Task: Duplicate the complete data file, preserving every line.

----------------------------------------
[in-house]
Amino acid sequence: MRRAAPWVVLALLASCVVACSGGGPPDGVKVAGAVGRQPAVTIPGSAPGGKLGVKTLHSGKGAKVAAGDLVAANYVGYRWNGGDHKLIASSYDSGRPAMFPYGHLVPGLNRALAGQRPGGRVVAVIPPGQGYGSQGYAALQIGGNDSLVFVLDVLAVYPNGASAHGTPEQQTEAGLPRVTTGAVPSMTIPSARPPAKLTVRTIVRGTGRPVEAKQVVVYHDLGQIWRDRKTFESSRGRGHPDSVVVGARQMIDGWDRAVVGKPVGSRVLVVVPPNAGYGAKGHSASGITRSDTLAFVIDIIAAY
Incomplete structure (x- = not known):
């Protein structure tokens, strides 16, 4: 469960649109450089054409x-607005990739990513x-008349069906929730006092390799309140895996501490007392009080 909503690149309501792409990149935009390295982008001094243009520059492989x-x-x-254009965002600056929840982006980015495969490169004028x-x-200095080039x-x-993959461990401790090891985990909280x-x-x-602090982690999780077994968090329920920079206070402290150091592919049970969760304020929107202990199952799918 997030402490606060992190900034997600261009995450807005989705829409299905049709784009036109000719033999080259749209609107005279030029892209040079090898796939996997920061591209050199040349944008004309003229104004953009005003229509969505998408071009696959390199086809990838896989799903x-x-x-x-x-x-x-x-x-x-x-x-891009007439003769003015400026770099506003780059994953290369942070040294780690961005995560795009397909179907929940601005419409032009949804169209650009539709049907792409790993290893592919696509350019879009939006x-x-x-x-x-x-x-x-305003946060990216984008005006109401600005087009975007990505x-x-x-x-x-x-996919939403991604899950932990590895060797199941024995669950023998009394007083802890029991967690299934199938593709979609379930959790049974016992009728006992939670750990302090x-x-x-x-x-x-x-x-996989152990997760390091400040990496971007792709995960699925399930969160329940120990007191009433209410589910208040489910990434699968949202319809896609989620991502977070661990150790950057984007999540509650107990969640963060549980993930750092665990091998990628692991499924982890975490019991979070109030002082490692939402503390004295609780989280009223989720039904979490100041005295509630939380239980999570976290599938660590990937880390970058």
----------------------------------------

[in-house]
Amino acid sequence: MRRAAPWVVLALLASCVVACSGGGPPDGVKVAGAVGRQPAVTIPGSAPGGKLGVKTLHSGKGAKVAAGDLVAANYVGYRWNGGDHKLIASSYDSGRPAMFPYGHLVPGLNRALAGQRPGGRVVAVIPPGQGYGSQGYAALQIGGNDSLVFVLDVLAVYPNGASAHGTPEQQTEAGLPRVTTGAVPSMTIPSARPPAKLTVRTIVRGTGRPVEAKQVVVYHDLGQIWRDRKTFESSRGRGHPDSVVVGARQMIDGWDRAVVGKPVGSRVLVVVPPNAGYGAKGHSASGITRSDTLAFVIDIIAAY
Incomplete structure (x- = not known):
């Protein structure tokens, strides 16, 4: 469960649109450089054409x-607005990739990513x-008349069906929730006092390799309140895996501490007392009080 909503690149309501792409990149935009390295982008001094243009520059492989x-x-x-254009965002600056929840982006980015495969490169004028x-x-200095080039x-x-993959461990401790090891985990909280x-x-x-602090982690999780077994968090329920920079206070402290150091592919049970969760304020929107202990199952799918 997030402490606060992190900034997600261009995450807005989705829409299905049709784009036109000719033999080259749209609107005279030029892209040079090898796939996997920061591209050199040349944008004309003229104004953009005003229509969505998408071009696959390199086809990838896989799903x-x-x-x-x-x-x-x-x-x-x-x-891009007439003769003015400026770099506003780059994953290369942070040294780690961005995560795009397909179907929940601005419409032009949804169209650009539709049907792409790993290893592919696509350019879009939006x-x-x-x-x-x-x-x-305003946060990216984008005006109401600005087009975007990505x-x-x-x-x-x-996919939403991604899950932990590895060797199941024995669950023998009394007083802890029991967690299934199938593709979609379930959790049974016992009728006992939670750990302090x-x-x-x-x-x-x-x-996989152990997760390091400040990496971007792709995960699925399930969160329940120990007191009433209410589910208040489910990434699968949202319809896609989620991502977070661990150790950057984007999540509650107990969640963060549980993930750092665990091998990628692991499924982890975490019991979070109030002082490692939402503390004295609780989280009223989720039904979490100041005295509630939380239980999570976290599938660590990937880390970058």